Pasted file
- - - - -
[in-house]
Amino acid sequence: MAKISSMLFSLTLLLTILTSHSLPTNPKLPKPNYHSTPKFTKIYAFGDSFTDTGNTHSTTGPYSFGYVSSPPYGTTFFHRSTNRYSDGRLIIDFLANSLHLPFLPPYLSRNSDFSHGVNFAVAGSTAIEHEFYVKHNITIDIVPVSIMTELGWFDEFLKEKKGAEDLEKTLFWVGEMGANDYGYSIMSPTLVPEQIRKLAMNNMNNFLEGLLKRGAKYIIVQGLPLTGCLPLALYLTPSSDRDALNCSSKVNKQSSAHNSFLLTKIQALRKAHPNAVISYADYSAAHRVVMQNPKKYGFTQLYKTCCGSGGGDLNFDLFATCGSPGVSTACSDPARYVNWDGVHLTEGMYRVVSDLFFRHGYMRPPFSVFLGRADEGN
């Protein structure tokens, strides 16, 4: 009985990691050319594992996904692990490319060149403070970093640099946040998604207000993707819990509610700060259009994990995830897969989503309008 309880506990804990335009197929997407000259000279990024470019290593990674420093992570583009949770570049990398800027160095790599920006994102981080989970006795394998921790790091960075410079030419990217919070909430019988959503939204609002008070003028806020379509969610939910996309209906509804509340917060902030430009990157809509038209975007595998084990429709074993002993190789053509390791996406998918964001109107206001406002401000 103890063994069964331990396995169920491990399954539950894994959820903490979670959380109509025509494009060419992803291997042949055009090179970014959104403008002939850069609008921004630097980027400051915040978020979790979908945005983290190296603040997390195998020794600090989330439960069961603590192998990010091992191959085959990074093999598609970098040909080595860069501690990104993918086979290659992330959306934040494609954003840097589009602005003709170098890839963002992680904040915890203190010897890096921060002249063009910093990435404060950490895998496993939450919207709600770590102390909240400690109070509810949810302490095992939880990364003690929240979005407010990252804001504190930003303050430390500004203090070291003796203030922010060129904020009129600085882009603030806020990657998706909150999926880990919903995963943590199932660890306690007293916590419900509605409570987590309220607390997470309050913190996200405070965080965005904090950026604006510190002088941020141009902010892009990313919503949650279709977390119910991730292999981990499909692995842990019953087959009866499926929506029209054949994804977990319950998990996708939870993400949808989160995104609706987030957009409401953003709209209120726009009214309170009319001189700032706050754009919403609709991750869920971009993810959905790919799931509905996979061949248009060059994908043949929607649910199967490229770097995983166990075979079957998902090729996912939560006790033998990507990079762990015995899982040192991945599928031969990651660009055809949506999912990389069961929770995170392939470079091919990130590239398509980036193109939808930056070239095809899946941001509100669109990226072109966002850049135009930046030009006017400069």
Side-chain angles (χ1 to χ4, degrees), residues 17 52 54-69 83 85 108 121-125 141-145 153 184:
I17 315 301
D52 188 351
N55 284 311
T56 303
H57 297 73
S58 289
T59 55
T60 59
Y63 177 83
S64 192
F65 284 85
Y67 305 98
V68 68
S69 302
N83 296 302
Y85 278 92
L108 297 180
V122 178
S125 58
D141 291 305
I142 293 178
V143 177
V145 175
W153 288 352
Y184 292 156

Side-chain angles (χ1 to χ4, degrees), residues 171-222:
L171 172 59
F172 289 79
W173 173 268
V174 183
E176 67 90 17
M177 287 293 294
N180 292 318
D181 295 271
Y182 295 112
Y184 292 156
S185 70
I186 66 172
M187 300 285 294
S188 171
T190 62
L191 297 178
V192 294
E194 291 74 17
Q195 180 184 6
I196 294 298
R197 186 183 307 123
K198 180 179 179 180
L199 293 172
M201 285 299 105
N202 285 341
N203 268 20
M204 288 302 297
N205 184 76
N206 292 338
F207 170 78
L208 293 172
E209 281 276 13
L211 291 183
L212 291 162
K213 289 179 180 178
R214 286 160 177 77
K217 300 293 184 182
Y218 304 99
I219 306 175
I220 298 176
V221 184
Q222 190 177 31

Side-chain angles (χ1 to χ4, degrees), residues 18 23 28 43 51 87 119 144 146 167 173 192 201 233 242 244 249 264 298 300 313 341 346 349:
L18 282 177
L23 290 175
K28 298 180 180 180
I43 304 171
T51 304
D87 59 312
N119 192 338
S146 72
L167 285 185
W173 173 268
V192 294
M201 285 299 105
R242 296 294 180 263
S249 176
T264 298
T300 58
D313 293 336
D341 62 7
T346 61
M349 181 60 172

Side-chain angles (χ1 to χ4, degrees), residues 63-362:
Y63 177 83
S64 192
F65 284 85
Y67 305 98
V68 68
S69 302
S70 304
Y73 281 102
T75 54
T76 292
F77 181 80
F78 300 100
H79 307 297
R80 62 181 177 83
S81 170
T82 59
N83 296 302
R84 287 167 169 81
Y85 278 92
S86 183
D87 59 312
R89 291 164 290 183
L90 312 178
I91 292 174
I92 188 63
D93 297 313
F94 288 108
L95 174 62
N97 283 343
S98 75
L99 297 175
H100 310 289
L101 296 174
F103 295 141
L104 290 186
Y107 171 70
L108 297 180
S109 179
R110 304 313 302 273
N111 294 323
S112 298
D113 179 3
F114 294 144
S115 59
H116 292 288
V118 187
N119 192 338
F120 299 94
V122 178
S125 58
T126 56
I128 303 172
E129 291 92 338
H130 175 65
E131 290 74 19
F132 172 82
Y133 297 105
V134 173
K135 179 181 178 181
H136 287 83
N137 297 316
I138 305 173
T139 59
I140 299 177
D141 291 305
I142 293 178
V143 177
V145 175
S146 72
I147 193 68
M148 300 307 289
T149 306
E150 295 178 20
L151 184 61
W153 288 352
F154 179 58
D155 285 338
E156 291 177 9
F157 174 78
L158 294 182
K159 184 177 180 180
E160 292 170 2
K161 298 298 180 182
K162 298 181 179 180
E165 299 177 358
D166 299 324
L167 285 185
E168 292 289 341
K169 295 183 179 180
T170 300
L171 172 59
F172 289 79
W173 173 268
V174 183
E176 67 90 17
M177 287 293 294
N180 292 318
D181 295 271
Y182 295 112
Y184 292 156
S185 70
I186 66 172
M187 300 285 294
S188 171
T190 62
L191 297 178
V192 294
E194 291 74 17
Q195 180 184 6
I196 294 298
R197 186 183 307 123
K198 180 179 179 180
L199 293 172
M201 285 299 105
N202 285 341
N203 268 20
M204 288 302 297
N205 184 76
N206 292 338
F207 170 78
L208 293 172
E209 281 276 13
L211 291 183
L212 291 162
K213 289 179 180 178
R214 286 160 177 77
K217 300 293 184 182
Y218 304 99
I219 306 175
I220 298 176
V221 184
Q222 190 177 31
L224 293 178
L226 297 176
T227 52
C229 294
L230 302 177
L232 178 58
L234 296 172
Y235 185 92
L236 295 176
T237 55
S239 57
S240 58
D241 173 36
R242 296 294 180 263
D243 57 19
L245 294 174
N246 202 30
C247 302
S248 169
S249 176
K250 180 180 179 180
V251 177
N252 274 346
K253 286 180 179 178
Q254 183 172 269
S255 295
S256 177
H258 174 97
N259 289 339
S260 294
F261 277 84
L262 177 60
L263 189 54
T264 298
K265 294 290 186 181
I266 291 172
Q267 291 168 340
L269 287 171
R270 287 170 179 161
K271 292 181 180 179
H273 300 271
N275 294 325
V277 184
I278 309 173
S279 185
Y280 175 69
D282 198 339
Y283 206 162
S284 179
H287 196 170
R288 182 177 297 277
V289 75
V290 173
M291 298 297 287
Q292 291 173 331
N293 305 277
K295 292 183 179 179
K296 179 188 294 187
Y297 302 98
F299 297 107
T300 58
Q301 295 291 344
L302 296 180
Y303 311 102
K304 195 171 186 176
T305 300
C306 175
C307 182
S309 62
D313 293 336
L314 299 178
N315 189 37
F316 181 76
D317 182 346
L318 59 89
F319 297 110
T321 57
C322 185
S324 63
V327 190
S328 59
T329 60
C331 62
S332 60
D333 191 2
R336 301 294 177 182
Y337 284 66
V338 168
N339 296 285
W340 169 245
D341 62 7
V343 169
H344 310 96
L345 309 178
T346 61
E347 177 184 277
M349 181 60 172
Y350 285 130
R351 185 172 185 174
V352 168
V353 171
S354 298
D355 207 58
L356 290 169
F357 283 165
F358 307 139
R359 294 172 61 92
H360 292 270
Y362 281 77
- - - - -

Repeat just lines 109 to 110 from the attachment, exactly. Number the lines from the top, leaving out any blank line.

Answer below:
S81 170
T82 59